Is the British Judiciary independent? 10 mark Q

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Serife Gunal
Is the British Judiciary independent?
Judicial independence is the strict separation of powers, ensuring that the judiciary does not overlap and
is not, in any way, influenced by any part of government or the government of the day. In countries with
a parliamentary system, like the UK, judiciaries are often found a separate body. The British judiciary,
then, is certainly independent. Within the structure of the Constitutional Reform Act 2005, it was outlined
that the appointment of judges should be overseen by the Judicial Appointments Commission so as to
ensure that nepotism and partisanship are not factors in the appointment of judges. Previously it had
been the role of the Prime Minister and the Lord Chancellor to appoint judges but the new reform
ensures a certain element of independence where politics is no longer a factor in the selection of the
Furthermore, the fact that judges have security of tenure emphasises that the British Judiciary is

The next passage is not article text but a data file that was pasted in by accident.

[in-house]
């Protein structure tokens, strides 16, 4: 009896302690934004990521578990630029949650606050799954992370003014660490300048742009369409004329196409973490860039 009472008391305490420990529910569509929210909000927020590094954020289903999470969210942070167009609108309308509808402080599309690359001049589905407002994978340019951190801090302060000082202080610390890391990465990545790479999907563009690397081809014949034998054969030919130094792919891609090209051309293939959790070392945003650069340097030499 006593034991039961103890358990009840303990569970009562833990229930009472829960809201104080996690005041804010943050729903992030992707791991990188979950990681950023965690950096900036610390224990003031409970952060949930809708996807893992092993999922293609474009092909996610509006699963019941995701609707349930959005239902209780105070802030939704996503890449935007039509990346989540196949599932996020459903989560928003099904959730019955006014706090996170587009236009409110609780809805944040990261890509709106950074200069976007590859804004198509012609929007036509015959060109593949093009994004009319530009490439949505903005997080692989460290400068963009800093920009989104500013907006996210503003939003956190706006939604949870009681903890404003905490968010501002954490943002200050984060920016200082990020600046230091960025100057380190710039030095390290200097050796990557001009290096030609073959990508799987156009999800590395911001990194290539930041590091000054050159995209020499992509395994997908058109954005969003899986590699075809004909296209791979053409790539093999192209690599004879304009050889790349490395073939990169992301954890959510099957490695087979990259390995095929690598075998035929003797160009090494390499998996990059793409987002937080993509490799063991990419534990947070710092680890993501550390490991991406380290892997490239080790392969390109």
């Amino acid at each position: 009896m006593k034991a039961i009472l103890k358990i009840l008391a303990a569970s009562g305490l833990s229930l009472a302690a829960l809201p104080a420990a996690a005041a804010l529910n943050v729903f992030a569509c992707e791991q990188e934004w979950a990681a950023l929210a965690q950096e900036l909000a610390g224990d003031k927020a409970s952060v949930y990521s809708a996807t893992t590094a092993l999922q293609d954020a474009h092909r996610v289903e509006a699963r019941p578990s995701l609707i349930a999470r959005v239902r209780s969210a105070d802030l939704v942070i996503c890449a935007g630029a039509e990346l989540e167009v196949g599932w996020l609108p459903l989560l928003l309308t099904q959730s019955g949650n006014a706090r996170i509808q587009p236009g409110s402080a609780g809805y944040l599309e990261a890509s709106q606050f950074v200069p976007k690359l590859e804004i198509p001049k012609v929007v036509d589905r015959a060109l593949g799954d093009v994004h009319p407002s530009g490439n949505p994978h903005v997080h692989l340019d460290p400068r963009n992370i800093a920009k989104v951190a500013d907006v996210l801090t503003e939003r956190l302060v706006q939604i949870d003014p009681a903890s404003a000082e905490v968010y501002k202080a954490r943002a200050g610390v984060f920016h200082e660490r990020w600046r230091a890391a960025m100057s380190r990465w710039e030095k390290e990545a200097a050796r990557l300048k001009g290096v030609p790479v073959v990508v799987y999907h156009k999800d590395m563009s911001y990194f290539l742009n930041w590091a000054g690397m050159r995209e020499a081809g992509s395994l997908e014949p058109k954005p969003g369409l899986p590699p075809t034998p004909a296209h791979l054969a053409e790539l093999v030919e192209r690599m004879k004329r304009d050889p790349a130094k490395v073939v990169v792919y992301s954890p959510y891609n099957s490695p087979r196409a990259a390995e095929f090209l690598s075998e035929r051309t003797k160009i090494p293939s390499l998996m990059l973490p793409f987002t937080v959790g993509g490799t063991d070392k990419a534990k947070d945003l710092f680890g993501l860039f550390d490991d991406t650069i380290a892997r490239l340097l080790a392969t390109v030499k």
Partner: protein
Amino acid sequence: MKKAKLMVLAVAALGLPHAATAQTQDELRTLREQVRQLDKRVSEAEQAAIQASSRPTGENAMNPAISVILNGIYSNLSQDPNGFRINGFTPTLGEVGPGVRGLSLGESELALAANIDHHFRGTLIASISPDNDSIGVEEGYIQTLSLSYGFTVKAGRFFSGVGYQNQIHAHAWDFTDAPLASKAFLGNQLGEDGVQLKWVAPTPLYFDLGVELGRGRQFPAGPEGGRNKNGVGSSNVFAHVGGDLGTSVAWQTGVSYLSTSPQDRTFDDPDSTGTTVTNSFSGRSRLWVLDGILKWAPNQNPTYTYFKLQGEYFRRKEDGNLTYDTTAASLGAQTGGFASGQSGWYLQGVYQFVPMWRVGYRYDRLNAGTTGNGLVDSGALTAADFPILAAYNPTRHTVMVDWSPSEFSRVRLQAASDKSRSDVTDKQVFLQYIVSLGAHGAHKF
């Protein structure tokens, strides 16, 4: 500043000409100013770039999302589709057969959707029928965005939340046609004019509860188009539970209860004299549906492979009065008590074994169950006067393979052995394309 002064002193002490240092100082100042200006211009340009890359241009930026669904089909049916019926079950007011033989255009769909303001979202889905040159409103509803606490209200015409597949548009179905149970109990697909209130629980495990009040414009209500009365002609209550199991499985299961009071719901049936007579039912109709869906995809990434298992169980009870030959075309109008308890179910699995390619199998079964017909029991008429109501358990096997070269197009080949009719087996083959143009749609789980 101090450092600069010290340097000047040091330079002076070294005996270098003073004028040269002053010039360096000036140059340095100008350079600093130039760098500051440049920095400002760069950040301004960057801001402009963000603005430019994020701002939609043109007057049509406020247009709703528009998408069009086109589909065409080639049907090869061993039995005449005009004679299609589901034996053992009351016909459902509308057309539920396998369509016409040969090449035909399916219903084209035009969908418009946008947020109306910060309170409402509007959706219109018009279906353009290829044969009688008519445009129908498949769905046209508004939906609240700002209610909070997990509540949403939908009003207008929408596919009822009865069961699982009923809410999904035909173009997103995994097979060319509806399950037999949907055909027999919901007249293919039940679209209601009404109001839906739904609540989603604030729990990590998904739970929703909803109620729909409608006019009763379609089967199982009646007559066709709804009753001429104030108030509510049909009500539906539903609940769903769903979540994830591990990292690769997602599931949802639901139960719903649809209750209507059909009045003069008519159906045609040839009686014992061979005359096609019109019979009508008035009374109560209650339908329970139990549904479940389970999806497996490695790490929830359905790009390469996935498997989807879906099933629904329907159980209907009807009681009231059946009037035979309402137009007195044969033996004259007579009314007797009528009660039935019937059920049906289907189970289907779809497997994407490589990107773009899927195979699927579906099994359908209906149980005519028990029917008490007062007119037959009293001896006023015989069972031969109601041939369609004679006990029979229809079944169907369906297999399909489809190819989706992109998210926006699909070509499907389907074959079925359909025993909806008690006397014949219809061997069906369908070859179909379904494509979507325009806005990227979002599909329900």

independent. It is a life tenure that protects a judge from the external pressures that are exerted on
other branches of government, and also it allows a judge to abide by the rule of law and their own
discretion. Without it, they may not judge as they see fit for fear of removal from their position but
security of tenure ensures that they can make decisions away from politics, with the guarantee of
keeping their job. Here the independence is found within the main function of the judiciary. Various
depictions of Lady Justice are seen outside important judicial building across the world, including the UK
where there is a statue of her outside of the Old Bailey. It portrays justice as being blind, or impartial to
influence of what has gone before, or from other sources and is an important addition to judicial
independence. With judges being free to judge as they see fit and in the way that is taught by the story
of Lady Justice, then the British Judiciary can be truly independent.
To conclude, the appointment of judges and their security of tenure are two factors which highlight the
fact that the British Judiciary is independent.


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